Organic farming is becoming a fast growing industry and a presentation at the March meeting by Fran and Dan DeRuyck of Treherne was very enlightening. They have found it to be a process of learning and very labour intensive. Experience and the purchase of specialized equipment have made their venture worthwhile. At our April meeting, Monique Rampton of Morden Nurseries inspired members with her presentation about new plants for 2009 and educational information on changes in pesticides and fertilizer. The Annual Spring Plant and Bake Sale and Lunch held on May 22 were very successful even though there were a reduced number of perennials for sale due to the cool late spring. In order to accommodate the working public we changed our time for opening to 11:00 a.m. – 2:00 p.m. Instead of an afternoon tea we offered a hot dog lunch which was very successful. The bake table and lunch monetary returns made up for the lack of perennials to sell. Two carloads of members visited yards in and around Morden for their Annual Garden Tour. With a good start touring as the gardens opened, the group was able to visit almost all the gardens which ranged from a brand new garden featuring turf grass to very elaborate gardens featuring a variety of decorative elements, an operating model train, a Wizard of Oz theme, and a reclaimed riverbank on the banks of Dead Horse Creek. The first hot week of summer (or so it seemed!) didn‟t deter local horticulturalists from gleaning their gardens and flower beds to display their produce, flowers and talents at the annual Fruit, Flower and Vegetable Show on Aug 12th. The number of entries increased substantially and there were a few new entrants. The society was especially pleased to have an entrant in the children‟s section. Judges, Lola Shields and Ella Green again capably judged the entries, giving valuable advice to entrants and to the directors. As the September meeting approaches to begin the last half of our meetings for the year, we will be enjoying the flowers that are yet to bloom and the vegetables yet to taste. Judy MacKinnon, Secretary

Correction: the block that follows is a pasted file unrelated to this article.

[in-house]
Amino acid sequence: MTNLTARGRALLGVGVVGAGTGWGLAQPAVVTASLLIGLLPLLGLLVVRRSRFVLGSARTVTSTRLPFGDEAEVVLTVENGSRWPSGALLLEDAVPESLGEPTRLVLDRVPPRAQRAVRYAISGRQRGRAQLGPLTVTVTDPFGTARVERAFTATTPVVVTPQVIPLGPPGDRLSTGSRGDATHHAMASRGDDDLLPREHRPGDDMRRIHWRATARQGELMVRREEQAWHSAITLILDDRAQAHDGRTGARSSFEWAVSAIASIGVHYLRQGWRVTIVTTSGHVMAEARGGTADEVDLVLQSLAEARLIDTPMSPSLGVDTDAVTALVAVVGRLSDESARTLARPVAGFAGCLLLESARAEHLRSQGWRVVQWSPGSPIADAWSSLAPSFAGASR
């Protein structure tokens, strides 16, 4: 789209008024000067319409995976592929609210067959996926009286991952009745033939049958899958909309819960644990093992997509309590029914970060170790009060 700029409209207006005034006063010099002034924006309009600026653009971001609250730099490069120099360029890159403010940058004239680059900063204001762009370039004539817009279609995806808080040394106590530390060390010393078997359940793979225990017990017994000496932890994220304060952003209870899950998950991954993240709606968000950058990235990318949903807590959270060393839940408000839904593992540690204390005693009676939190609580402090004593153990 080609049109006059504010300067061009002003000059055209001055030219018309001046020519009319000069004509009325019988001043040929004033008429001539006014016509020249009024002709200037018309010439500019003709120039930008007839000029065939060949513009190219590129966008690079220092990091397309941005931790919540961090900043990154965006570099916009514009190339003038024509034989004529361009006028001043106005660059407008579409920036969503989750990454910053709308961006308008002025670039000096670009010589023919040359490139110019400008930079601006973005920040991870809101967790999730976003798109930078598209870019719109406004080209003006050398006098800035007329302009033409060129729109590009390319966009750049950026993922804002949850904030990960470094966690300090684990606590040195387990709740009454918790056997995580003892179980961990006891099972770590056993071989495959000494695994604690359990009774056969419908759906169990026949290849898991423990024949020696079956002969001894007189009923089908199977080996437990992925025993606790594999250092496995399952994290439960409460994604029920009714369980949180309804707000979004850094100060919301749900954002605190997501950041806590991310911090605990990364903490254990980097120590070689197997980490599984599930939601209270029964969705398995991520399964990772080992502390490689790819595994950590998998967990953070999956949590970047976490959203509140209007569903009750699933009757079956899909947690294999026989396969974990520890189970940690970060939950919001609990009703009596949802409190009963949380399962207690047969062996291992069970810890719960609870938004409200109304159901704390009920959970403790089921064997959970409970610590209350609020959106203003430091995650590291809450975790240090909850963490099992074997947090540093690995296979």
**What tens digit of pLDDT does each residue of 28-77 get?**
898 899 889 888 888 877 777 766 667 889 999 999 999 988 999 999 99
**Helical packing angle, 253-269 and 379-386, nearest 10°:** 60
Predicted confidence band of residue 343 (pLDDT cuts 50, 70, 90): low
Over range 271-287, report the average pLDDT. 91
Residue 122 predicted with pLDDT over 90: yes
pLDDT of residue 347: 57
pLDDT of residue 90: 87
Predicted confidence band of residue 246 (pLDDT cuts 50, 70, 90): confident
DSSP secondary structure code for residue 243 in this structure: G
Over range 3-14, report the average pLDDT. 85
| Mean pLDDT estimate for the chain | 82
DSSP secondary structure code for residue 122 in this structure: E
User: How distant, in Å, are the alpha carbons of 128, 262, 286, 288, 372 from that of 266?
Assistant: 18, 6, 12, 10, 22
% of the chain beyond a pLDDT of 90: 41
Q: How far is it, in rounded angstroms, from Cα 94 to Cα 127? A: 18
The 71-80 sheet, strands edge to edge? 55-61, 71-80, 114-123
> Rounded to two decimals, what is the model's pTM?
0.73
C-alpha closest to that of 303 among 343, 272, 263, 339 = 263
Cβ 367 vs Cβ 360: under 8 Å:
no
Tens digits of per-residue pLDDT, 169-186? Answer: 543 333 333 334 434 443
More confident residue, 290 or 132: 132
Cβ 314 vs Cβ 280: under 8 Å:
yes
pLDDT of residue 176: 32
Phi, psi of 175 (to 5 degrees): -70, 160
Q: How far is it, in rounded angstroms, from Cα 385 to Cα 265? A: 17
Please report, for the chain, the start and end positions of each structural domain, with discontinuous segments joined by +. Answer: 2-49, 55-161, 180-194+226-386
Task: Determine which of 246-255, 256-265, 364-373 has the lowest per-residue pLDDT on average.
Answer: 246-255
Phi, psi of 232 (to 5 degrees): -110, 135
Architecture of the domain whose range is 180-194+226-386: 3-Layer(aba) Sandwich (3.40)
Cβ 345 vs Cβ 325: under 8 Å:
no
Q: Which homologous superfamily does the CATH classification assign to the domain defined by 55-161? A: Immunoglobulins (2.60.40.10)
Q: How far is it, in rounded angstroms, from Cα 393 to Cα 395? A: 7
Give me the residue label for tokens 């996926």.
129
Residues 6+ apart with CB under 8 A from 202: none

My Most Despised Weed
Weedy stories from our MHA Directors! Art writes….. I would have to say the weed which is my worst enemy year after year in my built up flower and vegetable beds is chickweed (stellaria media) (CYRILL). It has been said that there is no part of the world where the chickweed is not to be found. It is a native of every region and has naturalized itself wherever the white man has settled, becoming one of the commonest weeds. But, I always wonder how and why did it ever settle in my built up garden beds? _________________________ Louise writes….. At first thought, my choice was a tie between common chickweed (stellaria media) and wild portulaca (purslane). As a youngster, I used to work on a farm where my duties included trying to control wild portulaca in the vegetable garden and chickweed by the patio. By summer‟s end, the vegetable garden was clear but I was still picking chickweed by the patio. Years later, in my own garden, I had no chickweed at all….until last year when I bought some soil. Argh!!!!! But, as I‟ve come to learn, these plants are not all bad news…. Common Chickweed (stellaria media) Other names: Stitchwort; Starwort; Chickenwort; Winterweed. Stellaria media is a cool-season annual plant native to Europe, which is often eaten by chickens. The plant germinates in fall or late winter, then forms large mats of foliage. Flowers are small and white, followed quickly by the seed pods. This plant flowers and sets seed at the same time. It is widespread in North America from Alaska to all points south within North America. Stellaria media is edible and nutritious, and is used as a leaf vegetable, often raw in salads. Also, chickweeds are used as food plants by the larvae of various moths and butterflies. Wild Portulaca (purslane) Other names: Pusley; Low Pigweed. Although purslane is considered a weed in North America, it can be eaten as a leaf vegetable. It has a slightly sour and salty taste and is eaten throughout much of Europe, Asia and Mexico. The stems, leaves and flower buds are all good to eat. Purslane can be used fresh as a salad, stir-fried, or cooked like spinach, and because of its mucilaginous quality it is also suitable for soups and stews. Raw purslane is over 92% water. It is over 94% water after it is boiled and drained.